Judge Alexandra N. ‘Sandy’ Williams, who served on the Baltimore County District Court for more than two decades, dies

Frederick N. Rasmussen, The Baltimore Sun
·6 min read

Former Baltimore County District Judge Alexandra N. “Sandy” Williams died Nov. 9 of ovarian cancer at Greater Baltimore Medical Center. The Southland Hills resident was 64.

“Sandy was well-respected for her legal ability as any attorney or judge has ever been, and for her judicial demeanor. She tried cases before me and was an excellent attorney,” said retired Baltimore County Circuit Judge John F. Fader II. “She was a leader in the Maryland Judiciary, a tireless worker, and simply a wonderful human being.”

State Chief District Judge John Morrisey described Judge Williams as a "judge’s judge and someone I looked up to."

“Sandy was a great friend, jurist and just a really good person and a true leader,” Judge Morrisey said. “I came in 2005, and she was already a legend by then and then I became chief judge. She was smart, dynamic and could deal with everyone in a professional manner. She also had a great sense of humor, and was a great runner who talked all the time when we were running.”

Baltimore County Administrative Judge Kathleen Gallogly Cox is another longtime friend and colleague.

“I was a great fan of Sandy’s. She was such a great parent, friend and judge, and this is all so sad,” Judge Cox said. “I never had the pleasure of appearing before her, but knew her from the state’s attorney’s office and when our kids were young. I always admired how she could balance her career, family, marriage and complexities of her job as administrative judge, and did it seamlessly.”

The former Alexandra Nichols, daughter of Col. Frederick K. Nichols, a career Air Force officer, and his wife, Lillian P. Nichols, a registered nurse, was born at Fort Carson in Colorado Springs, Colorado, and in the mid-1960s moved with her family to Phoenix in Baltimore County.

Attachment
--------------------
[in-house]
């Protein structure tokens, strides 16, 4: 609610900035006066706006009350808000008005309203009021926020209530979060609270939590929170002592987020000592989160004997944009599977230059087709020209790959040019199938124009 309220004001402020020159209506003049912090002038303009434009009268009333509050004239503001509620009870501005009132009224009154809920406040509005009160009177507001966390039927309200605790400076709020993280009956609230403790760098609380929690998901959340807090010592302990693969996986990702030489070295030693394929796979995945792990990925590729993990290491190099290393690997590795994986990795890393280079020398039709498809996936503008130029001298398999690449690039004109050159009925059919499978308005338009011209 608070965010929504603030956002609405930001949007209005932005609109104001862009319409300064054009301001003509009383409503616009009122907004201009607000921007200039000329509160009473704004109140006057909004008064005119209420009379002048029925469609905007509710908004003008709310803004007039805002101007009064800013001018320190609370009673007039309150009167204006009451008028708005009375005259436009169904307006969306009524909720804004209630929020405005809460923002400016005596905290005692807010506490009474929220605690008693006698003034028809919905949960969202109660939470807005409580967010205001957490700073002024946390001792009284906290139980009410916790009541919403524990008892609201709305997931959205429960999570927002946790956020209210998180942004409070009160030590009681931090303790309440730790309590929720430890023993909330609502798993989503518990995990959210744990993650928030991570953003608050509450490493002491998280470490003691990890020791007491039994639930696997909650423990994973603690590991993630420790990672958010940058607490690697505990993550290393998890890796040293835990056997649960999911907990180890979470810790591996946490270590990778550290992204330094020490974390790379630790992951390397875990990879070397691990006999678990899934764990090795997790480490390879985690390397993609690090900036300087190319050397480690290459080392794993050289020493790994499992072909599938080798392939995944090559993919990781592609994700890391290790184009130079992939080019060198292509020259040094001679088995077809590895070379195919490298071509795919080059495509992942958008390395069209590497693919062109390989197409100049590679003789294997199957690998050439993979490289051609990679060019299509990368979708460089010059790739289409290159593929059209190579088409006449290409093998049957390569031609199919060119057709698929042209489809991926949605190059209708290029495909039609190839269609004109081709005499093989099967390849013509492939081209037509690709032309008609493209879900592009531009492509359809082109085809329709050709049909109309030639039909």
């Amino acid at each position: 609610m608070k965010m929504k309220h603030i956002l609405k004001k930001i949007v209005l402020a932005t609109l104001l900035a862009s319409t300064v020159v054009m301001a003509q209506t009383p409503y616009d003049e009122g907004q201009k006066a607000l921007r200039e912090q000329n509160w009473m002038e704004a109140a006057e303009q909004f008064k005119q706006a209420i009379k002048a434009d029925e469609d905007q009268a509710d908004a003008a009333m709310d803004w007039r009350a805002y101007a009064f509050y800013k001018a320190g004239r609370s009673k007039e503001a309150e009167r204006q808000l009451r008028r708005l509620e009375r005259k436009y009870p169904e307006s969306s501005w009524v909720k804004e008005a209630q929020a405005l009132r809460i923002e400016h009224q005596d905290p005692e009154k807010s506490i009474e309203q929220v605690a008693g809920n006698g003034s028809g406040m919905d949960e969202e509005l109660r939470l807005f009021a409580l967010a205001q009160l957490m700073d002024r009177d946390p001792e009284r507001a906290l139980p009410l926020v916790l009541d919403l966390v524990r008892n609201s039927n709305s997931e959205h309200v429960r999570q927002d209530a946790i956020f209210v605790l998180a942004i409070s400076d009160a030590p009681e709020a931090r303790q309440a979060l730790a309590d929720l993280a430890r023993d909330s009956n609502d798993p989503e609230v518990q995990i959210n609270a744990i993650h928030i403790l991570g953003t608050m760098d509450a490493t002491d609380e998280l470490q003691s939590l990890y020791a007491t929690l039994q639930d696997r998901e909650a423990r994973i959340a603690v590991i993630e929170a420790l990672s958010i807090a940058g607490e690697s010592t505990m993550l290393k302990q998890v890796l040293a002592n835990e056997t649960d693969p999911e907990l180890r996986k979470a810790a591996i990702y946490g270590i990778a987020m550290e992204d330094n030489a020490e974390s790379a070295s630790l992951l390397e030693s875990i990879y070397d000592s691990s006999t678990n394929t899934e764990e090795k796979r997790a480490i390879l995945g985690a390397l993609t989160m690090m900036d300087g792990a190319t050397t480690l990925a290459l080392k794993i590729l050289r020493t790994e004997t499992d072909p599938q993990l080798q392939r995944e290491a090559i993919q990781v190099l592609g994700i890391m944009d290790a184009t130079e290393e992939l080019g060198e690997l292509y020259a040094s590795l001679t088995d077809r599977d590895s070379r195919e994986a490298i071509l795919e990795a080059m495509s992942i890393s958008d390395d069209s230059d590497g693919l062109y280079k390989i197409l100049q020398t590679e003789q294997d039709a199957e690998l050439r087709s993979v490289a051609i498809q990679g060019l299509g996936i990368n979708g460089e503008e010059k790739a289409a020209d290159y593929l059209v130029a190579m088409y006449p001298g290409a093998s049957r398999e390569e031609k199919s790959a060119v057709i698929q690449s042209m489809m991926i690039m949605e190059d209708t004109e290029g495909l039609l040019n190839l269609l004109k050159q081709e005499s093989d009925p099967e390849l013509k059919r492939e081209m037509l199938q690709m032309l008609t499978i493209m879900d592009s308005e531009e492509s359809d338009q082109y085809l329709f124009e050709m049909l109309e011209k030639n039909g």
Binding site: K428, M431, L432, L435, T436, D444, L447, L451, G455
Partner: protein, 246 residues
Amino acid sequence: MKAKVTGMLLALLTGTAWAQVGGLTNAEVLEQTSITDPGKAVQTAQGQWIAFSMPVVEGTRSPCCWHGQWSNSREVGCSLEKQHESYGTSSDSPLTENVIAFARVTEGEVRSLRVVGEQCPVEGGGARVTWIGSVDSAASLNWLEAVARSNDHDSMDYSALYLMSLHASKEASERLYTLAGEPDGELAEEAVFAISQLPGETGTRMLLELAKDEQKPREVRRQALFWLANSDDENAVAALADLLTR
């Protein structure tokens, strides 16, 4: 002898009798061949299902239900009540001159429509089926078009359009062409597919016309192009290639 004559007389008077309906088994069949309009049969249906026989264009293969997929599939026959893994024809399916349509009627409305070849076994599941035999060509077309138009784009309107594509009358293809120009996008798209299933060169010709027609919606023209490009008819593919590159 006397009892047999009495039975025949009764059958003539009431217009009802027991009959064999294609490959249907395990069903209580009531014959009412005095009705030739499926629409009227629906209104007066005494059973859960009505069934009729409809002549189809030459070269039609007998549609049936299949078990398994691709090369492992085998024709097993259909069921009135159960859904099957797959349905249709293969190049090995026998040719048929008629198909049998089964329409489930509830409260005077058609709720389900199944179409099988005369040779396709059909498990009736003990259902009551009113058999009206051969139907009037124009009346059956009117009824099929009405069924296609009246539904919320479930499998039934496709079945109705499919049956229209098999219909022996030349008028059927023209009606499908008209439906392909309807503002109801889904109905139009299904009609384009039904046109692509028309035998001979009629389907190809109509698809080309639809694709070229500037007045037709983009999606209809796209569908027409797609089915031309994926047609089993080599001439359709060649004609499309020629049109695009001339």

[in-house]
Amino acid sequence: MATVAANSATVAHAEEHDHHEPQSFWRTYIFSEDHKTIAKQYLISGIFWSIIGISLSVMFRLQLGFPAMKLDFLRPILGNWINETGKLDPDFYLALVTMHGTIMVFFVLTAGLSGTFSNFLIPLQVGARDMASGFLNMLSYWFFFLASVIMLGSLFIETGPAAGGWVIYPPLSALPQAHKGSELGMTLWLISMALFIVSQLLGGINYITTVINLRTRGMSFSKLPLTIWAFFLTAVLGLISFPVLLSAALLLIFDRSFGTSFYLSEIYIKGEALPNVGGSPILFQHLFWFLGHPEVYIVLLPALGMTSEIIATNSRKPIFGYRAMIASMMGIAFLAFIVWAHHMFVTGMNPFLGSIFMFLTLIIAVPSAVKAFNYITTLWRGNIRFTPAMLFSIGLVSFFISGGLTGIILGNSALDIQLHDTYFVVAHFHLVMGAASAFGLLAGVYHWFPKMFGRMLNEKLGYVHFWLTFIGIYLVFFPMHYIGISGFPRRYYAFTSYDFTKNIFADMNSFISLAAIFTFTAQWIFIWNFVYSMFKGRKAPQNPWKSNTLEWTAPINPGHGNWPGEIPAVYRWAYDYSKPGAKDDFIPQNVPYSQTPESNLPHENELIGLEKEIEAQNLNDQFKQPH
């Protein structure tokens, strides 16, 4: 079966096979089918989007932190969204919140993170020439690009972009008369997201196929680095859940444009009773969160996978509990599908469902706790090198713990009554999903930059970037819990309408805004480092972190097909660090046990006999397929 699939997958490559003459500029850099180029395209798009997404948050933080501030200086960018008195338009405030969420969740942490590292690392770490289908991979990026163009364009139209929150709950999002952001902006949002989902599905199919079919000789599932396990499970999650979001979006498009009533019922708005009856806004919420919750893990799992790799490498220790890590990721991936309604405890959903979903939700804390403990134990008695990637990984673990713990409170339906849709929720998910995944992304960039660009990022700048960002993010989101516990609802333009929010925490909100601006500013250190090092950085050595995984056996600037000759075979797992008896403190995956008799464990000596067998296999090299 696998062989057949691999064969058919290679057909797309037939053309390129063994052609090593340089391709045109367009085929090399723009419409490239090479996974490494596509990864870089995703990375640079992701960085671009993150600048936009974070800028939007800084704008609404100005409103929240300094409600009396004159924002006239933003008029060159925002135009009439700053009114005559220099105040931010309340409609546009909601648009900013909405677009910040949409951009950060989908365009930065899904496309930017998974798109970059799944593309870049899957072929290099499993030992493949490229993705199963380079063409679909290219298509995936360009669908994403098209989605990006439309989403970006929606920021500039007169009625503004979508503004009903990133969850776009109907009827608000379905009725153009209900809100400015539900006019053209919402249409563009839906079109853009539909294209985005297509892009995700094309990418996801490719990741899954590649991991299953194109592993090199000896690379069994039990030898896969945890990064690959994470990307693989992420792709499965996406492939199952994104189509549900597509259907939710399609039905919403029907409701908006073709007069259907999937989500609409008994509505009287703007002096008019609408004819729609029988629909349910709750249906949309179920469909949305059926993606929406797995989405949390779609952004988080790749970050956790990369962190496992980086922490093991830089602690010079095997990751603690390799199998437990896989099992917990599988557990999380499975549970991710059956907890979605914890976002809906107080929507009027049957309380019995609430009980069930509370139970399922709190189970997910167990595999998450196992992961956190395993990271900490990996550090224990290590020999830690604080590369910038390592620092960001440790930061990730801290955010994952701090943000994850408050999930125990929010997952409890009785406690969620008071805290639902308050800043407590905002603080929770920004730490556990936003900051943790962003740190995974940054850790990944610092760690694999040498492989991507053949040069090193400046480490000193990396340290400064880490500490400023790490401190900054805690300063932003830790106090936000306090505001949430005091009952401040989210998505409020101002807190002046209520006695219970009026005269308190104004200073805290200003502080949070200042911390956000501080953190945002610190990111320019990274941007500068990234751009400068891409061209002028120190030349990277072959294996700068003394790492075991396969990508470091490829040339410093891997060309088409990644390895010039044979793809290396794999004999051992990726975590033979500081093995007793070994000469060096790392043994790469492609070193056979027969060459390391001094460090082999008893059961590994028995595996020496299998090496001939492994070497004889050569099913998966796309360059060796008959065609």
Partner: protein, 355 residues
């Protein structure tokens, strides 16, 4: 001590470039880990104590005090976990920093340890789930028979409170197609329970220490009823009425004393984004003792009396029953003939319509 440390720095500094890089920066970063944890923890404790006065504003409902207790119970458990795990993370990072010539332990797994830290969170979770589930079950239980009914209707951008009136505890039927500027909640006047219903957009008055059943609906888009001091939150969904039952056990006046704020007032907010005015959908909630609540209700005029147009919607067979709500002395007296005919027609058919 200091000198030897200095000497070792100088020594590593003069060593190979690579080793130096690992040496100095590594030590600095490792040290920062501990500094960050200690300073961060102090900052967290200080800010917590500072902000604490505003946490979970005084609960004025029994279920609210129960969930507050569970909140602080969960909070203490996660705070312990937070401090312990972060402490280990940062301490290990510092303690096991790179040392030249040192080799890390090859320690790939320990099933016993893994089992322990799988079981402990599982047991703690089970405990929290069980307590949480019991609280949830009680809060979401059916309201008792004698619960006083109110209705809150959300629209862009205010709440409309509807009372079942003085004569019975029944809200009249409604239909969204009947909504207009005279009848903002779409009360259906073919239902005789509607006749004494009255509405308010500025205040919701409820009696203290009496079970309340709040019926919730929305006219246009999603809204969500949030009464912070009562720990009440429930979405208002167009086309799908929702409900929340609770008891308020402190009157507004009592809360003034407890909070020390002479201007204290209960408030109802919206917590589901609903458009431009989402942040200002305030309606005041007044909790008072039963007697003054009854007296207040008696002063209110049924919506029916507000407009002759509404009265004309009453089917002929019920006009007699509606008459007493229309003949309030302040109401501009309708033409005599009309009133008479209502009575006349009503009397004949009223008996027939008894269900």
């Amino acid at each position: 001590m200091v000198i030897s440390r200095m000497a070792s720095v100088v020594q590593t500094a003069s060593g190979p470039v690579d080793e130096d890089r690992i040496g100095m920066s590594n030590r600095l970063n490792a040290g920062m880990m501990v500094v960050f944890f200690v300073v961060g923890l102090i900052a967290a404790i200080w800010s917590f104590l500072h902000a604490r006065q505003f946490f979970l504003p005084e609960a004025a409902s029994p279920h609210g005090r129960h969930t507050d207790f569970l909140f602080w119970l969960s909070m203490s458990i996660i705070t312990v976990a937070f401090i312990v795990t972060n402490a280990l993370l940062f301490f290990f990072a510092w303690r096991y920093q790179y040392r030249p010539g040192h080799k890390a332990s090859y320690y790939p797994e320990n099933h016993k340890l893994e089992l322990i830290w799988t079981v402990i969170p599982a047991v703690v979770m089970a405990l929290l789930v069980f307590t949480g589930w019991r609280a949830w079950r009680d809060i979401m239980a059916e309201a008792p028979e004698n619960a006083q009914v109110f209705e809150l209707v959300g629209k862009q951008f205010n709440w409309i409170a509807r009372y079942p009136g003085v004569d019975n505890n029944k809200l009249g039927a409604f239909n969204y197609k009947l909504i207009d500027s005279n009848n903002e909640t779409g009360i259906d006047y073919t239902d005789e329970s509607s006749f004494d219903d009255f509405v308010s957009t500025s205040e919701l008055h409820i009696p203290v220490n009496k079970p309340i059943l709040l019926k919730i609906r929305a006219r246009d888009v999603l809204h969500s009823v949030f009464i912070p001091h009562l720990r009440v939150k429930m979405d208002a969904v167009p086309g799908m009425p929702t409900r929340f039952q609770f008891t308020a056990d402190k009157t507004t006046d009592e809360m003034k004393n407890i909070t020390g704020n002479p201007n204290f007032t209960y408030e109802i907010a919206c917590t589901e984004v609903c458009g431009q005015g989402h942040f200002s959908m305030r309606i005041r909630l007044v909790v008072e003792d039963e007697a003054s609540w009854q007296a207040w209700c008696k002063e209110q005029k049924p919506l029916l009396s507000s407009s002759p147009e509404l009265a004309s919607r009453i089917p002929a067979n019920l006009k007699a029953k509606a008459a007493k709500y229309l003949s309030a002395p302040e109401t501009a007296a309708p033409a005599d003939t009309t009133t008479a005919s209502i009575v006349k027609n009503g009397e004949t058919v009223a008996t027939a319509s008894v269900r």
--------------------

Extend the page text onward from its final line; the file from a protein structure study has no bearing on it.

After graduating in 1974 from St. Paul’s School for Girls, where she was president of the Student Government Association, she earned a bachelor’s degree in 1978 from Denison University in Granville, Ohio, where she was a resident assistant.

While at Denison, she had an experience that profoundly altered her choice of a professional career. A young woman who had been sexually assaulted by a fellow student refused to report the assault despite every encouragement.

“The fear of public embarrassment and perception of apathy towards sexual assault victims that seemed prevalent at the time greatly angered her, and that anger impacted her decision to become a prosecutor,” her husband of 37 years, Dana O. Williams, a trial lawyer and partner in the Towson law firm of Heisler, Williams & Lazzaro LLC, wrote in a biographical profile of his wife.

Judge Williams received her law degree in 1981 from the University of Baltimore School of Law and while in law school worked as a law clerk in the Sex Offense and Child Abuse Unit of the Baltimore County State’s Attorney’s Office for Dana Marx Levitz, who later became a judge of the Baltimore County Circuit Court. To accommodate her work schedule, she switched from day to night school, which added a year to her law school studies.

After graduating from law school and becoming a trial attorney, she continued working in the Baltimore County State’s Attorney’s Office.